Cells grow by oxidizing nutrients using a complex network of biochemical reactions. During this process new biological material is produced along with energy used for maintaining cellular organization. Because the metabolic network is highly branched, these tasks can be accomplished using a wide variety of unique reaction sequences. However, evolutionary pressures under carbon-limited growth conditions likely select organisms that utilize highly efficient pathways. Using elementary-mode analysis, we demonstrate that the metabolism of the bacterium Escherichia coli contains four unique pathways that most efficiently convert glucose and oxygen into new cells and maintenance energy under any level of oxygen limitation. Observed regulatory patterns and experimental findings suggest growing cells use these highly efficient pathways. It is predicted that five knockout mutations generate a strain that supports growth using only the most efficient reaction sequence. The analysis approach should be generally useful for predicting metabolic capabilities and efficient network designs based on only genomic information.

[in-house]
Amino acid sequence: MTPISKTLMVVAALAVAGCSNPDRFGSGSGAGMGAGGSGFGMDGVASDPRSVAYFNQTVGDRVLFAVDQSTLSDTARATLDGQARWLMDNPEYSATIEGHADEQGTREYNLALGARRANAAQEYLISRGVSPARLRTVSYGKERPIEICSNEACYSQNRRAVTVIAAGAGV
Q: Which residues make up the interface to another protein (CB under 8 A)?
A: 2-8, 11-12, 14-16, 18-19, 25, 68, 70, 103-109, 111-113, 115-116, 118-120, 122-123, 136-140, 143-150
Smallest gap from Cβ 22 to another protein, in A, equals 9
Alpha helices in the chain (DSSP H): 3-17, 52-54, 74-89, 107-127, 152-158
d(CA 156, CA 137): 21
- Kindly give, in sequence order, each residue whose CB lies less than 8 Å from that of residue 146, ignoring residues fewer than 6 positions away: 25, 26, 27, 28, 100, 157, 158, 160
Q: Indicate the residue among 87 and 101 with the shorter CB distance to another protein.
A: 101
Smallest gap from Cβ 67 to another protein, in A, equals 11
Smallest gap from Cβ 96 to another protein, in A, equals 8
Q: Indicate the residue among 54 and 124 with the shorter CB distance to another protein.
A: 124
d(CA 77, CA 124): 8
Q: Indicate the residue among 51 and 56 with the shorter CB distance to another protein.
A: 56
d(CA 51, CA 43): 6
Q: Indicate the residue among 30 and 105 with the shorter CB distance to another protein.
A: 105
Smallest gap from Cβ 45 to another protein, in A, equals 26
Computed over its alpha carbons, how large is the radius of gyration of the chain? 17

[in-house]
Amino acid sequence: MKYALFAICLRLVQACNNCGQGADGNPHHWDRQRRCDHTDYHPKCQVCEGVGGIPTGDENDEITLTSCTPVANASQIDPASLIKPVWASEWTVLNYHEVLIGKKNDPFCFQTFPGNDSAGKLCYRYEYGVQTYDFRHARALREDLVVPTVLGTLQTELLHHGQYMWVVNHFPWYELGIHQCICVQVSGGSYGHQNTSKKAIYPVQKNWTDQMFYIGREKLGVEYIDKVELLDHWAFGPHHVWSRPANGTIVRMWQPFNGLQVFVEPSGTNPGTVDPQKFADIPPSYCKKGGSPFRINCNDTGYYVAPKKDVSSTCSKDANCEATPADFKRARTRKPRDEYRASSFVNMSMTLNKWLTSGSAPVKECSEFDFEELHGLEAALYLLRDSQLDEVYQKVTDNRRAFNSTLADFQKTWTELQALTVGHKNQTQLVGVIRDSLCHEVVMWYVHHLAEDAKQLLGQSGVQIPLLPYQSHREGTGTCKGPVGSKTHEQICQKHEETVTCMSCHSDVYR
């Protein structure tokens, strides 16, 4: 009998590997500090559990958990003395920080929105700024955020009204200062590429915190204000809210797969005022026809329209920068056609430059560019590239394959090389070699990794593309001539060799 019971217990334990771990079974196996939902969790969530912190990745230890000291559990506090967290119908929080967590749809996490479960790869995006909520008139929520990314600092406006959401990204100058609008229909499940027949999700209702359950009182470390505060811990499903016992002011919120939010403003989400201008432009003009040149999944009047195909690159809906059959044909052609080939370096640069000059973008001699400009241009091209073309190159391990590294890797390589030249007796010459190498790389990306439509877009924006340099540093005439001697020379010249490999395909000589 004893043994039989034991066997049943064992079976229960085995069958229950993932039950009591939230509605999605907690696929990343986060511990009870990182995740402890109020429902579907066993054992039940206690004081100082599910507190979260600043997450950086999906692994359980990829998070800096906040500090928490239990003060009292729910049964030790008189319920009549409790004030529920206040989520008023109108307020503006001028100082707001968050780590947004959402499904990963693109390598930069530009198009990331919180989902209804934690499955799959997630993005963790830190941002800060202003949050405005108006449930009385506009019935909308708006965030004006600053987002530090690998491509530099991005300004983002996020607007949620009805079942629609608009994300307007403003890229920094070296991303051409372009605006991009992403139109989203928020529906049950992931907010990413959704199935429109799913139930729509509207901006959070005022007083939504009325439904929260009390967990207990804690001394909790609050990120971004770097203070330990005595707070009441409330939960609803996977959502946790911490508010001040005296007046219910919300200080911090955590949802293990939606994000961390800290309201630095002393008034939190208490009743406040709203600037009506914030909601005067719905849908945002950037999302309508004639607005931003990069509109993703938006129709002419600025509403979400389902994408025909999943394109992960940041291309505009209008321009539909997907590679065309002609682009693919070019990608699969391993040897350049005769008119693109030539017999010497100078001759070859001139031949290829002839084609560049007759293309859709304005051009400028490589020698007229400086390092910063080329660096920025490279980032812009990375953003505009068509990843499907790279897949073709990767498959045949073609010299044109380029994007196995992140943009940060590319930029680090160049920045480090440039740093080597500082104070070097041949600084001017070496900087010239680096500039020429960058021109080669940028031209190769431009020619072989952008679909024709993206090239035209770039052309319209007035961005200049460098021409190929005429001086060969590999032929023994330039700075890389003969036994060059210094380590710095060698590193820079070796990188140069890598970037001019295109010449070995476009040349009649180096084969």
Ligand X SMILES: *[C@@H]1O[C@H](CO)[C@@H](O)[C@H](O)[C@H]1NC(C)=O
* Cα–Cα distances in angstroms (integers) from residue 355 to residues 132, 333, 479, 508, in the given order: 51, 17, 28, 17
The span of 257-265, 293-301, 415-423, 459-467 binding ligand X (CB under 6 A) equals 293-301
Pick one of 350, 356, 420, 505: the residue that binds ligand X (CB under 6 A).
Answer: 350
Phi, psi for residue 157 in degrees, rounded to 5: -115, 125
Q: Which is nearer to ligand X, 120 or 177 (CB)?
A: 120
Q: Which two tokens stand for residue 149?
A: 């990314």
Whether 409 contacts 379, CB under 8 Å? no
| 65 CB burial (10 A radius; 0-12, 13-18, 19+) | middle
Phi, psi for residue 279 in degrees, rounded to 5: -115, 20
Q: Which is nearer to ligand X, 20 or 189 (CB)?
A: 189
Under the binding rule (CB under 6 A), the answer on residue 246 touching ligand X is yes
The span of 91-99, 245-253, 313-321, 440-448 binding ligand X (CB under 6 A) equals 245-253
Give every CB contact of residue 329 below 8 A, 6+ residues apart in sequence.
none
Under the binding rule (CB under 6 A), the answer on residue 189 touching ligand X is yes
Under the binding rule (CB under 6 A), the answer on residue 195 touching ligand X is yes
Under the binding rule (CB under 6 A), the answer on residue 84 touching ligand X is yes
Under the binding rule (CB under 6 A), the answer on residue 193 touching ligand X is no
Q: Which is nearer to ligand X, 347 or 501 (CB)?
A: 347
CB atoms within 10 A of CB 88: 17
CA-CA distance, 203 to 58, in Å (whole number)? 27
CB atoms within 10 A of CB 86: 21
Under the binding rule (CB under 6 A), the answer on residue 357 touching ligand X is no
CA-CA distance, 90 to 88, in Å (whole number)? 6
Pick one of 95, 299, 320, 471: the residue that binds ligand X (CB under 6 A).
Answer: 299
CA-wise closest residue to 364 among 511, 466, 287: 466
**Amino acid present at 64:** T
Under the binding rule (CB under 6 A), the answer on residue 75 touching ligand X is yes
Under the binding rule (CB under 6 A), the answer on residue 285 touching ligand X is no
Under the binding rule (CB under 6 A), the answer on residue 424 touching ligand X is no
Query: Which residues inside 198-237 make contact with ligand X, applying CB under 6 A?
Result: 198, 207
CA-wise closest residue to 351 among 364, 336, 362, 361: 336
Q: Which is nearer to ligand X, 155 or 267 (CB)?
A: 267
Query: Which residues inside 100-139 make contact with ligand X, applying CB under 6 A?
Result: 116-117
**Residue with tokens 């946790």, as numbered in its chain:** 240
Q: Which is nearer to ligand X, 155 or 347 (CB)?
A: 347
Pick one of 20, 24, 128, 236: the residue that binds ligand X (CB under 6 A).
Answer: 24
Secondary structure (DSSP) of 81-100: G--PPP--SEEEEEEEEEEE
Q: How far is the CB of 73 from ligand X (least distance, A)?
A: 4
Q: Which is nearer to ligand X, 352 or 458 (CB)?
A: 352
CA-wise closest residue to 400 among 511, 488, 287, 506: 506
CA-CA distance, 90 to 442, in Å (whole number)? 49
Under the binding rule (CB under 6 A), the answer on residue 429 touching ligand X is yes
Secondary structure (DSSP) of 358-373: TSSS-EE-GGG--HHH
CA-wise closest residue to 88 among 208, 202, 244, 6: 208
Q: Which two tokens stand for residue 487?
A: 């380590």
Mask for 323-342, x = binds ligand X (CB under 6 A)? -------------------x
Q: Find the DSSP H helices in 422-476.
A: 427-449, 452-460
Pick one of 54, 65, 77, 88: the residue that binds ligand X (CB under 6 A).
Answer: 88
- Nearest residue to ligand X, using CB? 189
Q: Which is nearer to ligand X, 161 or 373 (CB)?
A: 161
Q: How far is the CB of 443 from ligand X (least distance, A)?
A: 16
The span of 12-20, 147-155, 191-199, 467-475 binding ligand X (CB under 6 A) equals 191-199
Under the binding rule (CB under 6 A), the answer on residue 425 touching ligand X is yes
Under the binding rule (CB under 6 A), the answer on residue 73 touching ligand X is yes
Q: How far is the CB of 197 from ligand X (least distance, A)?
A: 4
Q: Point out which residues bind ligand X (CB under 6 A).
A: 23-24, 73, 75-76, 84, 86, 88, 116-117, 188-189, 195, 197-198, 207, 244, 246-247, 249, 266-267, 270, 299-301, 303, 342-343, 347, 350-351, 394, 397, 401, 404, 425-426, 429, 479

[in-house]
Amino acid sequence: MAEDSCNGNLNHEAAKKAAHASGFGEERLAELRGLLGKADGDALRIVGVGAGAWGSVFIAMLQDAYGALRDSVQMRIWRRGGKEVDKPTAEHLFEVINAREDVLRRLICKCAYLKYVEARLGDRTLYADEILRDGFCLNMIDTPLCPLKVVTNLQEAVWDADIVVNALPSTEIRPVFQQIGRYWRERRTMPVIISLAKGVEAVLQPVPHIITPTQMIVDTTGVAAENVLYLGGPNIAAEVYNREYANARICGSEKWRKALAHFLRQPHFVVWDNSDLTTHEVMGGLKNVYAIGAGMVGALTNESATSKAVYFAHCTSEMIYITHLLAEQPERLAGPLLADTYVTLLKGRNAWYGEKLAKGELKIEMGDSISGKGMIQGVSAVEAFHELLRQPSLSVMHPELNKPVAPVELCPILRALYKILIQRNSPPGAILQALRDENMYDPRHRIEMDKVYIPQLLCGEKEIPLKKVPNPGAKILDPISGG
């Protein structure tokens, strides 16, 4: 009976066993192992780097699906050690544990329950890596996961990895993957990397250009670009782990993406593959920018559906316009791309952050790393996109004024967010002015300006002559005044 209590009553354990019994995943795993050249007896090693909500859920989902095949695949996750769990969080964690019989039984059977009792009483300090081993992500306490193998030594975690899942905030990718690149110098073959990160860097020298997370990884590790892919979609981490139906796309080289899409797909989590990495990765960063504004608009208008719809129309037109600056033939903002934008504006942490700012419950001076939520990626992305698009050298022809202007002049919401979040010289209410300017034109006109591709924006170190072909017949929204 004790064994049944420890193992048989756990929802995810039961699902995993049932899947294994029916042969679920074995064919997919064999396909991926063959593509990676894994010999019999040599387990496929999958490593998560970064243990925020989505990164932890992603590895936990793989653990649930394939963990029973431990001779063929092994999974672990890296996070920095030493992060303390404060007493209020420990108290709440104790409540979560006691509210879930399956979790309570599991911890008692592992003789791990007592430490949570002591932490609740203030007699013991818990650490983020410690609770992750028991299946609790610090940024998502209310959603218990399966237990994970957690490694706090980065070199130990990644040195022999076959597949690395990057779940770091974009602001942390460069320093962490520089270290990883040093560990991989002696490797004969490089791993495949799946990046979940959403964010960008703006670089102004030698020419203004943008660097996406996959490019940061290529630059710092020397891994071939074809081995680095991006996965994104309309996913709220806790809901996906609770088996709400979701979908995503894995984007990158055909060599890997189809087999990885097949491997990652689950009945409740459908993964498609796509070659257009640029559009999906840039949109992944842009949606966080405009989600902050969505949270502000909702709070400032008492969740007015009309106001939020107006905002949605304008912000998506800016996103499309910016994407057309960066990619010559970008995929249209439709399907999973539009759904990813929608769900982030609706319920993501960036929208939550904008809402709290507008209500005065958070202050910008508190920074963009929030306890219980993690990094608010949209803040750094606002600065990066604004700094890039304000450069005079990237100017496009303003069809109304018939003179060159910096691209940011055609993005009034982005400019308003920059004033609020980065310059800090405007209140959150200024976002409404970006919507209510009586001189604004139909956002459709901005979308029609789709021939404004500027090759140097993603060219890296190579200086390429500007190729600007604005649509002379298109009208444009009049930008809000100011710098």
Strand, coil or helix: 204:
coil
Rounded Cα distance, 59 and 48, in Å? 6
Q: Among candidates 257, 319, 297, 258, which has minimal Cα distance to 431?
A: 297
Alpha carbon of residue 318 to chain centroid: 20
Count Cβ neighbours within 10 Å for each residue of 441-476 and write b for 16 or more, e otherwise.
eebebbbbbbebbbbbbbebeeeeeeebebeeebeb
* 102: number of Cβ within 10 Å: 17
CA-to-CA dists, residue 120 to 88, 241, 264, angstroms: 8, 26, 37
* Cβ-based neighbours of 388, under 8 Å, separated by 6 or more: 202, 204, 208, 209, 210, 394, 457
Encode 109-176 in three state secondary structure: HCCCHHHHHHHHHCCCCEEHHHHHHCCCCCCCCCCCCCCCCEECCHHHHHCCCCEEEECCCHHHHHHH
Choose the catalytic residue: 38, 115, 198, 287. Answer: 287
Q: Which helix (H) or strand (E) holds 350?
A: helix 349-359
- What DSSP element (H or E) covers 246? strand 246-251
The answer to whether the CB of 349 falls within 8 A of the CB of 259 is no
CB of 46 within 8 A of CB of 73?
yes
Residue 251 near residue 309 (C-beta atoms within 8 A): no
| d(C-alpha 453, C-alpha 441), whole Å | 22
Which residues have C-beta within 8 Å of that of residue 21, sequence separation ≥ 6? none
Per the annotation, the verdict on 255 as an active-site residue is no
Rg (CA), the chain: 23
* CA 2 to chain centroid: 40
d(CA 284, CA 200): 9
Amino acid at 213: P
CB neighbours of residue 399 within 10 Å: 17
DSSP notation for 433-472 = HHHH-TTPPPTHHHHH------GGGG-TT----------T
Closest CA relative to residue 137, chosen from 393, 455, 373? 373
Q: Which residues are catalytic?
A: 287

- Cell growth
- Elementary-mode analysis